In Expected Decision, FDA Rejects Lilly’s Sintilimab in NSCLC


The U.S. Food and Drug Administration rejected Eli Lilly’s Biologics License Application, issuing a Complete Response Letter for the company’s PD-1 checkpoint inhibitor sintilimab. The biologics application was for the drug in combination with pemetrexed and platinum chemotherapy for first-line treatment for nonsquamous non-small cell lung cancer (NSCLC).

Eli Lilly is developing sintilimab with Innovent Biologics, based in Suzhou, China.

The decision isn’t much of a surprise. In February, the FDA’s Oncologic Drugs Advisory Committee voted against the BLA, specifically against using single-country foreign data to support it. The Phase III ORIENT-11 clinical trial was conducted only in China, and the ODAC did not believe it could be applied to the U.S. population. The adcom voted 14-1 to require Innovent to run a new trial in the U.S., demonstrating the drug’s efficacy. Part of the rationale was that “regulatory flexibility” wasn’t necessary because the drug didn’t fill an unmet need.

There are several anti-PD-1 checkpoint inhibitors, including Merck’s mega-blockbuster Keytruda (pembrolizumab), Bristol Myers Squibb’s Opdivo (novolumab) and Genentech’s Tecentriq (atezolizumab).

At the time of the advisory committee vote, Ibiayi Dagogo-Jack, M.D., a thoracic oncologist at Massachusetts General Hospital and an assistant professor of medicine at Harvard Medical School, said during the hearing, “While it is not inconceivable that data would, in the end, apply to the United States or Western populations and generate the same outcomes as we’ve seen with other studies in this space, I think we don’t have the data at hand. The data that were presented to us don’t directly draw the conclusion that this is generalizable.”

In keeping with the advisory committee vote, the CRL recommended an additional clinical trial, specifically one that was “multiregional” to compare standard of care for first-line metastatic NSCLC to sintilimab with chemotherapy leveraging a non-inferiority design with an overall survival endpoint. Lilly and Innovent are evaluating their next steps.

The drug has been approved in China under the trade name Tyvyt. Tyvyt is indicated in China for relapsed or refractory classic Hodgkin’s lymphoma after two lines or later of systemic chemotherapy, in combination with pemetrexed and platinum-based chemotherapy for first-line nonsquamous NSCLC, in combination with gemcitabine and platinum-based chemotherapy for first-line squamous NSCLC, and in combination with Innovent’s Byvasda (bevacizumab biosimilar injection) for first-line treatment of hepatocellular carcinoma.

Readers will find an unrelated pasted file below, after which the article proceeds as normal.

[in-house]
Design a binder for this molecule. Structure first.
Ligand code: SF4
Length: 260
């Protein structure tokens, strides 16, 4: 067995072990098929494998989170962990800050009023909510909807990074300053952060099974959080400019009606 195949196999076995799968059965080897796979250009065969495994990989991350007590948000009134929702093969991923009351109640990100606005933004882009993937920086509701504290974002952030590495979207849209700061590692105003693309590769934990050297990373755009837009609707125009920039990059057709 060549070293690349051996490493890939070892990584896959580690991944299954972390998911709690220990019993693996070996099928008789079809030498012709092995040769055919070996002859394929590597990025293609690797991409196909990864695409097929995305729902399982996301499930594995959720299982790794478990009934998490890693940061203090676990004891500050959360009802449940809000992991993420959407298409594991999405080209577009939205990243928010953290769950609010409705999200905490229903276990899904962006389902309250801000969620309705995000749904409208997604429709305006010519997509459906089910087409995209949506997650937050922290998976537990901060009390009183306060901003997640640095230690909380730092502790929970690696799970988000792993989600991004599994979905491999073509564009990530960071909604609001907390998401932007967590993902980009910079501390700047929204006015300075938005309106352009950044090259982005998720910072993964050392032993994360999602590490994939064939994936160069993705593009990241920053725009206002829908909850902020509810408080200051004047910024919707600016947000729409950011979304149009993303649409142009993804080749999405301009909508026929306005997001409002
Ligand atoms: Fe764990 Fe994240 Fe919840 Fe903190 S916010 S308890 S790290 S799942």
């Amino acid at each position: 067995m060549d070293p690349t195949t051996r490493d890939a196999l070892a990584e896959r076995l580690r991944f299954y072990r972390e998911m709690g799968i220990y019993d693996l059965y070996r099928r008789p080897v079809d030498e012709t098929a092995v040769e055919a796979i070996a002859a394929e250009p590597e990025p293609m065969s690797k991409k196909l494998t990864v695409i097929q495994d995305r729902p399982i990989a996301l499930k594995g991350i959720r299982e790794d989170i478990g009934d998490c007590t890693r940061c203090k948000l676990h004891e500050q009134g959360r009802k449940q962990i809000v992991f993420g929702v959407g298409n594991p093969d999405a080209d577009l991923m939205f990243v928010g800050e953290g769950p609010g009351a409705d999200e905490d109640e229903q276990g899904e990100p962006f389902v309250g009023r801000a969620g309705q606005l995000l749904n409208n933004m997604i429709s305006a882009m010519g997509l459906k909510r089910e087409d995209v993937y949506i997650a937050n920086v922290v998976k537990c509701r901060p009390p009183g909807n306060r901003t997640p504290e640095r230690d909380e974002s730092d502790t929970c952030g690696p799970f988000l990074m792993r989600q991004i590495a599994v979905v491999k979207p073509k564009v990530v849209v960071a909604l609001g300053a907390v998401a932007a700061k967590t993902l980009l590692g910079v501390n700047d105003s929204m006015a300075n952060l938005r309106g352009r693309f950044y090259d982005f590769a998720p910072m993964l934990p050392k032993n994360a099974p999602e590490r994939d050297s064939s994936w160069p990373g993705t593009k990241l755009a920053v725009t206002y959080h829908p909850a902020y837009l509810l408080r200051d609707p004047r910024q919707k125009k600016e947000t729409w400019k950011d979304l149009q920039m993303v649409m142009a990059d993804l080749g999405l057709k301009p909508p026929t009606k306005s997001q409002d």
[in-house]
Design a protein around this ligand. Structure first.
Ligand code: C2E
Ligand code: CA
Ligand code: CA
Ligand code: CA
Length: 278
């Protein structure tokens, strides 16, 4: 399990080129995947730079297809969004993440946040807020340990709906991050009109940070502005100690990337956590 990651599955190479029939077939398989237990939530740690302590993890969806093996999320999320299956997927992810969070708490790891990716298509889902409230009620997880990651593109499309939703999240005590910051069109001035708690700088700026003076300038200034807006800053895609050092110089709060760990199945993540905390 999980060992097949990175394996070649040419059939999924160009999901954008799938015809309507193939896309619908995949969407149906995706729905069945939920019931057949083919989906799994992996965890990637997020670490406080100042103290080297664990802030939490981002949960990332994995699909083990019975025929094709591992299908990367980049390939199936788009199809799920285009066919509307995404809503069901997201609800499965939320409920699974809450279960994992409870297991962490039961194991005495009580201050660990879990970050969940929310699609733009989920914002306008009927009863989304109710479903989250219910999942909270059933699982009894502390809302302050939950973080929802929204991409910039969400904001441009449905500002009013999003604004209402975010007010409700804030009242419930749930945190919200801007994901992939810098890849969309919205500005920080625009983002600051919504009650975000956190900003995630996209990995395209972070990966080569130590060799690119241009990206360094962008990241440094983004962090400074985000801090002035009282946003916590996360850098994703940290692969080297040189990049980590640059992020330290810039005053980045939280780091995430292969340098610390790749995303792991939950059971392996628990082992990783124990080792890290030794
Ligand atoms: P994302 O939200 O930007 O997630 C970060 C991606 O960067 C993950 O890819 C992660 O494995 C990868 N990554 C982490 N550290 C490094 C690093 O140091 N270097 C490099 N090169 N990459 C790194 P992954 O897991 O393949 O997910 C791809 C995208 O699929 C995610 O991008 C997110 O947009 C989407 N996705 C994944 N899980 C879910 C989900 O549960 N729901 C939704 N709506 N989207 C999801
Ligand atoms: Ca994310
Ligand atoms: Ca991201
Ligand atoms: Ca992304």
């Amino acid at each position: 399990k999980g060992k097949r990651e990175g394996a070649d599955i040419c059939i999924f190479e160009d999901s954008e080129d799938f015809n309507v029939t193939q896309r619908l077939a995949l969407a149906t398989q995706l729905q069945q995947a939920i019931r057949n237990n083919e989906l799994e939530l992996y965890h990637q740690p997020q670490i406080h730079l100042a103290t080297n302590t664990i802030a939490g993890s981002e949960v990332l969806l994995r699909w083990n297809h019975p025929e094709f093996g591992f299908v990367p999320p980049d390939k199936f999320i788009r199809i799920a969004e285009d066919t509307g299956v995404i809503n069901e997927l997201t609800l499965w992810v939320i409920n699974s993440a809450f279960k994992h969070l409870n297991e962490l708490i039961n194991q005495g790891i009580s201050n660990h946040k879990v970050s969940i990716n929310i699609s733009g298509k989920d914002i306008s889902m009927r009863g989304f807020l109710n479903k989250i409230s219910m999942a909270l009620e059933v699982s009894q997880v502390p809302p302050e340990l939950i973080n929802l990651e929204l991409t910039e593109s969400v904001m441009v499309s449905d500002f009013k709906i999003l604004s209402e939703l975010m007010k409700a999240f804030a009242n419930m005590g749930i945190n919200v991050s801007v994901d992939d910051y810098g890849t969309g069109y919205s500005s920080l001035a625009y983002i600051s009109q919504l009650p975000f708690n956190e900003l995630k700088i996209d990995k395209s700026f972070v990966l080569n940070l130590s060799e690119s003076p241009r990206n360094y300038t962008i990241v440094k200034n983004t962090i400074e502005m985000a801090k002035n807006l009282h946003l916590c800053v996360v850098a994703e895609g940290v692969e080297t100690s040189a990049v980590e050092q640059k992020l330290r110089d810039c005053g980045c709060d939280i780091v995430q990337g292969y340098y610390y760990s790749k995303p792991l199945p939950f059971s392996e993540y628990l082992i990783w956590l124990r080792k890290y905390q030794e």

Innovent is currently running more than 20 trials of the drug in various cancer indications, including more than 10 registrational or pivotal studies. It is also under review in China in combination with cisplatin plus paclitaxel or cisplatin plus 5-fluorouracil for first-line treatment of esophageal squamous cell carcinoma; in combination with chemotherapy for first-line treatment of unresectable, locally advanced, recurrent or metastatic gastric or gastroesophageal junction adenocarcinoma; and in combination with Byvasda and chemotherapy (pemetrexed and cisplatin) for EGFR-mutated nonsquamous NSCLC after EGFR-TKI treatment.

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In Aug. 2020, Lilly and Innovent expanded their strategic alliance for sinitilimab. The original deal was launched in 2019 when the two companies began commercializing the drug in China for r/r classic Hodgkin’s lymphoma as a third-line treatment. Tyvyt is the only anti-PD-1 antibody included in China’s National Reimbursement Drug List (NRDL) and in the 2019 Guidelines of the Chinese Society of Clinical Oncology for Lymphoid Malignancies.

Under the expanded license deal, Lilly picked up an exclusive license for the drug for areas outside China, including the U.S. It paid Innovent $200 million upfront, with Innovent eligible for up to $825 million in various milestones in the U.S. and other markets and tiered double-digit royalties on net sales. Both companies hold the right to study the drug in combination with other drugs as part of their own clinical programs.


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